Invited Speakers. We were happy that Jörg Endrullis and Delia Kesner have accepted our invitation to come to Haifa in order to give in-presence talks. Their presentations were fantastic, and indeed well-received. I want to thank both of them for coming to our workshop despite of the long journey that it involved.
Review period (for workshop presentations). In the review period after the deadline of May 12, 2022, the Program Committee approved, after a thorough discussion process, 5 extended abstracts about a diversity of topics for presentation at the workshop. The final pre-proceedings versions of these accepted abstracts were published on the workshop webpage (see www.termgraph.org.uk/2022/#accepted) already on June 21, 2022. Also the program of the workshop (see below) was fixed in time within the early registration period of FLoC.
Workshop. The workshop at Technion in Haifa was a success with good participation, probing questions after talks, and a good deal of interaction in the breaks, and afterwards. In the weeks following the workshop, we could publish, on the workshop's website, the slides of some of the presentations (see here), and some pictures taken during the sessions (see here).
Submission (for post-proceedings articles). At the end of August we invited all authors of contributed and invited talks to submit a 15-page article to the post-proceedings with deadline at the end of October. I want to thank all authors of contributed papers for submitting articles to the post-proceedings. The invited speakers submitted abstract-only contributions of their talks at the workshop.
Review period (for post-proceedings articles). In the review process for the post-proceedings after the deadline of November 2, 2022, the Program Committee accepted 3 papers directly for publication, and one conditionally after undergoing a supervised minor revision. For leading that process of revision in the mentioned case to a successful conclusion, I want to thank Ian Mackie, and, for his supporting role, Kazunori Ueda.
Acknowledgements (scientific part).
I wish to thank all authors who submitted papers, the speakers,
the invited speakers, the program committee members, and the steering committee members.
In particular,
I want to thank all PC members for their work,
for sharing their ideas,
for contributing strongly to the discussions in the review process,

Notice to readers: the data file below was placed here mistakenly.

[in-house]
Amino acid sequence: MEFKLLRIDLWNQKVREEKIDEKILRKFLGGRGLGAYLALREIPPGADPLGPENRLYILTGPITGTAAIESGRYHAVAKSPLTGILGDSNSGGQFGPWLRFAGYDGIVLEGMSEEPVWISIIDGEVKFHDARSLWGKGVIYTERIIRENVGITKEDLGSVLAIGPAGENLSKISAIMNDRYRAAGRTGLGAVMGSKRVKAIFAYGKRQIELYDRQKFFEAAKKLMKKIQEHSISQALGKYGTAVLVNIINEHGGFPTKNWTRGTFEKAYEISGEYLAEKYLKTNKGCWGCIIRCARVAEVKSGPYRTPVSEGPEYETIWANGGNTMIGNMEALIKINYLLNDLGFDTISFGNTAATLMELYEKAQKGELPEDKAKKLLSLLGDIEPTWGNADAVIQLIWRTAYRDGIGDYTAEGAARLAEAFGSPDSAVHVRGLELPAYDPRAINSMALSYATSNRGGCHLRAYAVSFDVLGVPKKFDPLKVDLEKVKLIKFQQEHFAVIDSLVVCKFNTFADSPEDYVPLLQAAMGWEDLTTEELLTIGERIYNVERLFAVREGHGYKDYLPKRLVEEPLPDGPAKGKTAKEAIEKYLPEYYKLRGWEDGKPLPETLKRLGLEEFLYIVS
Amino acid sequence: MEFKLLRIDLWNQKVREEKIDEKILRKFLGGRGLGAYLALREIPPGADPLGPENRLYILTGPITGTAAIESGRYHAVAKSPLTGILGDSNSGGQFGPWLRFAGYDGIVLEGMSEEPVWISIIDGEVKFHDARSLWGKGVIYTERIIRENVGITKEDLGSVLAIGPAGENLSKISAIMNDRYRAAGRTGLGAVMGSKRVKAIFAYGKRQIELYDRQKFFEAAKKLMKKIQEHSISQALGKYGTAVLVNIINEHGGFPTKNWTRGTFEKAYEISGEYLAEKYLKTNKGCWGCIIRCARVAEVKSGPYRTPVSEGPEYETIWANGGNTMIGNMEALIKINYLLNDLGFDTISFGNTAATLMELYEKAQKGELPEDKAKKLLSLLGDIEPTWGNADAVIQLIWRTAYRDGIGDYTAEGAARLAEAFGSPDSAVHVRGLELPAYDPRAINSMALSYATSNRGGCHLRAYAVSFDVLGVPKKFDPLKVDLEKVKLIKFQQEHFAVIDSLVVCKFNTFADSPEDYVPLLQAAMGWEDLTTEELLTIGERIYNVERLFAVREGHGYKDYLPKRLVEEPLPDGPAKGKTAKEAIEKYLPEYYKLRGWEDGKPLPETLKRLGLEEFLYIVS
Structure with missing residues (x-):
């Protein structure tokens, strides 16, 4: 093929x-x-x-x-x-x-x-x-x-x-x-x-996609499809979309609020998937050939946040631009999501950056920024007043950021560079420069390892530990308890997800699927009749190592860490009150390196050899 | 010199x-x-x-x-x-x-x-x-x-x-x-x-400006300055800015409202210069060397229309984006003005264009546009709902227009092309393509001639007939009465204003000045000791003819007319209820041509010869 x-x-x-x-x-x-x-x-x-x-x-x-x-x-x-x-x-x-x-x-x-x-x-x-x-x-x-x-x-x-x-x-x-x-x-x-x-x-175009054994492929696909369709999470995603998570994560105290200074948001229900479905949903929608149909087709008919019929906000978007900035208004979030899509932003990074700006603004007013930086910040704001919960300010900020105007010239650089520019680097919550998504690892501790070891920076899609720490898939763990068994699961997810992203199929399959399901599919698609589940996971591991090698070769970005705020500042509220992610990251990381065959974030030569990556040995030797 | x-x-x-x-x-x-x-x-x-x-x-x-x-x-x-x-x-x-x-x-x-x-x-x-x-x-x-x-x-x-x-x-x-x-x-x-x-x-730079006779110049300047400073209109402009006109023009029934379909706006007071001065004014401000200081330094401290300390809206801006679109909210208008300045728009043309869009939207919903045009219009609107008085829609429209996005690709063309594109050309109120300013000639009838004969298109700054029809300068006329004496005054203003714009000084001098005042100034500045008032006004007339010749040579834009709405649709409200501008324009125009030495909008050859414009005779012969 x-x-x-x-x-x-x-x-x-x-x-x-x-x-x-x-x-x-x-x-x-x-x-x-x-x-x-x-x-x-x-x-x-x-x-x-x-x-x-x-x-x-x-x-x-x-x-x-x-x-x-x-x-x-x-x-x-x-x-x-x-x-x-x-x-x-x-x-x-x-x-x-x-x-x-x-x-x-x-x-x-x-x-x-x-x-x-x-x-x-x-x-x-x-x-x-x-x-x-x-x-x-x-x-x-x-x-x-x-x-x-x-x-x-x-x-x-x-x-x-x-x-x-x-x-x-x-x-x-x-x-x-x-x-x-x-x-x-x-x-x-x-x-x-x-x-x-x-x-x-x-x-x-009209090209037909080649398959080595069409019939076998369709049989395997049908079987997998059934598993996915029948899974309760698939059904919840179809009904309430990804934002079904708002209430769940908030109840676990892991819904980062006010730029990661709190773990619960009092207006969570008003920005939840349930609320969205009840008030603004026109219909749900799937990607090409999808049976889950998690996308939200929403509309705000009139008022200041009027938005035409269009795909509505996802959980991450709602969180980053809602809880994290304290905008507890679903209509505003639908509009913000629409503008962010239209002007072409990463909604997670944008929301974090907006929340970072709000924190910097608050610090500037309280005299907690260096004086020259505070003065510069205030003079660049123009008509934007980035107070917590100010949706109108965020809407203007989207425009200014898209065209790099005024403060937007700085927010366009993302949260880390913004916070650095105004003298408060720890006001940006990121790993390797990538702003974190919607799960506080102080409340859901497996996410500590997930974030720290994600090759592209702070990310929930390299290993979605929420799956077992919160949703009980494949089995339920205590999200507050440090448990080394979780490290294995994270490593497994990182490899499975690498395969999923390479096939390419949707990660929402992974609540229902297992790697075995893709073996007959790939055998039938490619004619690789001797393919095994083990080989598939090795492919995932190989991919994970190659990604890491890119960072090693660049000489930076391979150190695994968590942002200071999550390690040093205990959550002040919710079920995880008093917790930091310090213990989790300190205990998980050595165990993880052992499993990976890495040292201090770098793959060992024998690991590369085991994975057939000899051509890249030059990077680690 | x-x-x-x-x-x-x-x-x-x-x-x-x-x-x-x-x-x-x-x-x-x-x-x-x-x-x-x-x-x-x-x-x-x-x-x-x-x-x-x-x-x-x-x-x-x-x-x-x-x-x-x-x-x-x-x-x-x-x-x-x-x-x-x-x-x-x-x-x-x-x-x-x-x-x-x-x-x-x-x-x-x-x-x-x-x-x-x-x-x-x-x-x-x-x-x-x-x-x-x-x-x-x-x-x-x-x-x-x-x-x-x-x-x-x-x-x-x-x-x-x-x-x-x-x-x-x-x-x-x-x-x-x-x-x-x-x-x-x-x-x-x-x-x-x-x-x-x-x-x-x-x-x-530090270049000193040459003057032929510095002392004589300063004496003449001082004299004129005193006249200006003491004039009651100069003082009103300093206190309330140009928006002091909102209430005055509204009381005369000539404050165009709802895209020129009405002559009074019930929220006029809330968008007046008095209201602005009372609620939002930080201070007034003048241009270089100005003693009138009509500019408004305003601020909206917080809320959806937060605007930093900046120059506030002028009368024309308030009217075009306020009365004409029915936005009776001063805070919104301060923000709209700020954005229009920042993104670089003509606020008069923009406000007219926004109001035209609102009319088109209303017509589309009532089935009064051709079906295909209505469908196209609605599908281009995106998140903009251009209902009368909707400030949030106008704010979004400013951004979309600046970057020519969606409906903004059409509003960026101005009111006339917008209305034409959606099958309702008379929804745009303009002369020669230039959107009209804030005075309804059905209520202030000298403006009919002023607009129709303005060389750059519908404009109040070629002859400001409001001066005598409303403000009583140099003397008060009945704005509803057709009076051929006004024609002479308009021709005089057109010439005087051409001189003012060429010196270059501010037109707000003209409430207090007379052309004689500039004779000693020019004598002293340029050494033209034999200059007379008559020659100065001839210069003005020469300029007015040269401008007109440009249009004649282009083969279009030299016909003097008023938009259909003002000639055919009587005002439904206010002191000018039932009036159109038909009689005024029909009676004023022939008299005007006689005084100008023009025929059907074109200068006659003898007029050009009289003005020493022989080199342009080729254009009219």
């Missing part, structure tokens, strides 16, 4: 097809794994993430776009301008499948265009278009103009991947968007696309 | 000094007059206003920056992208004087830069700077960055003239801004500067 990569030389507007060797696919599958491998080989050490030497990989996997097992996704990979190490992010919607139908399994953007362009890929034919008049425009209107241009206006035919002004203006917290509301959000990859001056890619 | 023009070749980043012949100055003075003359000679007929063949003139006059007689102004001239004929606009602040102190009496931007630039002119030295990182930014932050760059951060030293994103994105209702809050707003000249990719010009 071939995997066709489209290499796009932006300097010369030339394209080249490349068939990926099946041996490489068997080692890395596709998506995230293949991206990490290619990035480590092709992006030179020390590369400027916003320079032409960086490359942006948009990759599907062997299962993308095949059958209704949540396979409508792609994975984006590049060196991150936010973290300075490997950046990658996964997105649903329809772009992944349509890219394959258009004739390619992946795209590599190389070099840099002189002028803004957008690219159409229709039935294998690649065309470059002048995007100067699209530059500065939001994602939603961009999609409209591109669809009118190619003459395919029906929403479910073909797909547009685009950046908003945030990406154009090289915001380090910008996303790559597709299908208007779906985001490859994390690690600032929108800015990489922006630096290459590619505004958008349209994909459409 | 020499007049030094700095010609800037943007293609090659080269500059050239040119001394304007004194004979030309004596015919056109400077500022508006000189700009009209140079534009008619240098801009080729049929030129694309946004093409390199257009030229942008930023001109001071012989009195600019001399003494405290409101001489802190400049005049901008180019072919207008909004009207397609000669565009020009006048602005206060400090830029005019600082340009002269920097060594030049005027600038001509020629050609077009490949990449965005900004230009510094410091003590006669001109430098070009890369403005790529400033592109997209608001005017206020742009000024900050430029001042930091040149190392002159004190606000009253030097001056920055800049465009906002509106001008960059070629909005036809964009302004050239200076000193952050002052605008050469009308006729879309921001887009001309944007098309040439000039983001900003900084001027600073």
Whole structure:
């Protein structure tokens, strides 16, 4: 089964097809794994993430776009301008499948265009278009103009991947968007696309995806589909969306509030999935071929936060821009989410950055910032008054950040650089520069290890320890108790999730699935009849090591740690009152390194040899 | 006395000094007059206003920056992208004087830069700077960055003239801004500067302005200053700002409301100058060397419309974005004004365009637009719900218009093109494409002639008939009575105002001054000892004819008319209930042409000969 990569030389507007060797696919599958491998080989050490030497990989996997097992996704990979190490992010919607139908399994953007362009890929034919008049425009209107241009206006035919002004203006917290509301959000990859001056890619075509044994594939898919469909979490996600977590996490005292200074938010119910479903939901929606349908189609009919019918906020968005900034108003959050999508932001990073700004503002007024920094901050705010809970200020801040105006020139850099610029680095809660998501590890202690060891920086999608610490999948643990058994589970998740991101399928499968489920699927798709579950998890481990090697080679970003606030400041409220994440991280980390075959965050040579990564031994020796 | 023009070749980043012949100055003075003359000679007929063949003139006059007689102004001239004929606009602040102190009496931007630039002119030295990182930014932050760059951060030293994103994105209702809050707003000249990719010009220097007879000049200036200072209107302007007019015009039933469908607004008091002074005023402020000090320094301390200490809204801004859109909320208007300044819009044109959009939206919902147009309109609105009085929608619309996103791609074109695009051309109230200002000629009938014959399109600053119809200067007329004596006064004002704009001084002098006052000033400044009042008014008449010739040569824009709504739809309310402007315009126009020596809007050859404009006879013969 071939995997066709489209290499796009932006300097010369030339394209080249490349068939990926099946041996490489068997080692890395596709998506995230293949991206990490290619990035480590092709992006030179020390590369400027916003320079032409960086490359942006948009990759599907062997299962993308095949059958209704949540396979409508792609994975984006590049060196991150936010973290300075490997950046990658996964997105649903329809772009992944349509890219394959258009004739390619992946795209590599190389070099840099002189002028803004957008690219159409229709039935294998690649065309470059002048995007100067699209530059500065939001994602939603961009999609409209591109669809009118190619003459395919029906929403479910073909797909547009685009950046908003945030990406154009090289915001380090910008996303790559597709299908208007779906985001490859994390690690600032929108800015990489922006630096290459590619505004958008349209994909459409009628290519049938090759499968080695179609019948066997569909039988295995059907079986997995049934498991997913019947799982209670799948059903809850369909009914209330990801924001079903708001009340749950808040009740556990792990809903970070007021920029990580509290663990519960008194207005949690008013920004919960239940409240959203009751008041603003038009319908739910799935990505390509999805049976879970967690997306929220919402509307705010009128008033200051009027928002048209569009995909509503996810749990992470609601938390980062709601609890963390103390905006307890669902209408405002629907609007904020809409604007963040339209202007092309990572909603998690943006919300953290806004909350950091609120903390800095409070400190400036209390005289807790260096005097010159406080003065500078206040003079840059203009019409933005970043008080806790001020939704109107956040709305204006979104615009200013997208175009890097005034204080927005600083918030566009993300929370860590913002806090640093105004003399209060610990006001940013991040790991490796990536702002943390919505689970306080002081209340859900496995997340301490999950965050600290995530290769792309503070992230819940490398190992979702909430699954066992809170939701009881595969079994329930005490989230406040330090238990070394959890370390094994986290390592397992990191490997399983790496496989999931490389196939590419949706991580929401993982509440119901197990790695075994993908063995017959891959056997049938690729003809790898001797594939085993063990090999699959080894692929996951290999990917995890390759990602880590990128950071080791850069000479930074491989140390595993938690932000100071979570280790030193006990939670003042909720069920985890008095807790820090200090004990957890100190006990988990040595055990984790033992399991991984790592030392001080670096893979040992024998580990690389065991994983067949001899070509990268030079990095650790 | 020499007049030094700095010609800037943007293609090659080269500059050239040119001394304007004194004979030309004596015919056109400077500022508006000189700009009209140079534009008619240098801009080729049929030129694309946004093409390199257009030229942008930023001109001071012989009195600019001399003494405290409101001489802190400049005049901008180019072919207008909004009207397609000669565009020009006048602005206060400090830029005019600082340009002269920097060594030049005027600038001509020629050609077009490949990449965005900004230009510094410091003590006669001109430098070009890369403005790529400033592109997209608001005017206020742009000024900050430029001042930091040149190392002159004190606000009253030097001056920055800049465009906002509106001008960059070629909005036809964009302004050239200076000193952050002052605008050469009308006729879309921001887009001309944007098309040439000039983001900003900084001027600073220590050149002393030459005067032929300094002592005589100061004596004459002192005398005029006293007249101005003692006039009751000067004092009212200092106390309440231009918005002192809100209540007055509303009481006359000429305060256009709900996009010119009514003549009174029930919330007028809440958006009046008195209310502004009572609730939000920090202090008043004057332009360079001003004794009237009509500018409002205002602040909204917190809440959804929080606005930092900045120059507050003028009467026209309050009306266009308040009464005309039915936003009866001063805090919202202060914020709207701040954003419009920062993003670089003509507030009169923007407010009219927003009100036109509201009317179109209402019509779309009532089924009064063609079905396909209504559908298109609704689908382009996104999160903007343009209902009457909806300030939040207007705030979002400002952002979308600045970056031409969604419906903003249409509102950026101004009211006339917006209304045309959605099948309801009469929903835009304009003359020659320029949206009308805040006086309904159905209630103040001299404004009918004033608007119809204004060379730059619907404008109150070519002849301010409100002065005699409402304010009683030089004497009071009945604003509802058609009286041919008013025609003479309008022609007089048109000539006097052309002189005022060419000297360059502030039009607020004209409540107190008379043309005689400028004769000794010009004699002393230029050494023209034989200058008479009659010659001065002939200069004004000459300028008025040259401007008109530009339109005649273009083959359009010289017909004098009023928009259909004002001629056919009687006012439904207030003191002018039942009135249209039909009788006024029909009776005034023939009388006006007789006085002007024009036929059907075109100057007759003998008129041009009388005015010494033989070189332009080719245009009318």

and above all for their support throughout the entire process.
These efforts facilitated interesting scientific discussions at the workshop.
The discussions in the two review periods have sometimes led to substantial changes in the final versions of the accepted papers,
which added significant value to the here published versions.
This has also been reflected by reactions that we have received from the authors.
In this respect I also want to commend the authors of all accepted papers for the strong efforts
they undertook in preparing their final versions.
To me that is testament to the significant amount of energy that even a medium-sized one-day event like a TERMGRAPH workshop
can create.
Acknowledgments (organization).
For helping me on the way decisively with the organization of the workshop, I am indebted to SC Member Maribel Fernandez.
I thank her, and PC members Patrick Bahr and Femke van Raamsdonk
for sharing with me important pieces of their experience in
organizing past editions of TERMGRAPH workshops, and organizing such an event in general.
Also, I thank the program committee and the steering committee for additional suggestions concerning organizational matters.
In particular, I am grateful to SC member Ian Mackie for also serving on the PC,
for hosting the workshop's webpage the workshop's webpage,
and for being available for advice in a number of situations.
Furthermore, I thank EasyChair for supporting the submission and selection of the contributions.
Importantly, I want to thank EPTCS for hosting these proceedings.
In particular, I am very grateful to editor-in-chief Rob van Glabbeek for quick and reliable help at several occasions.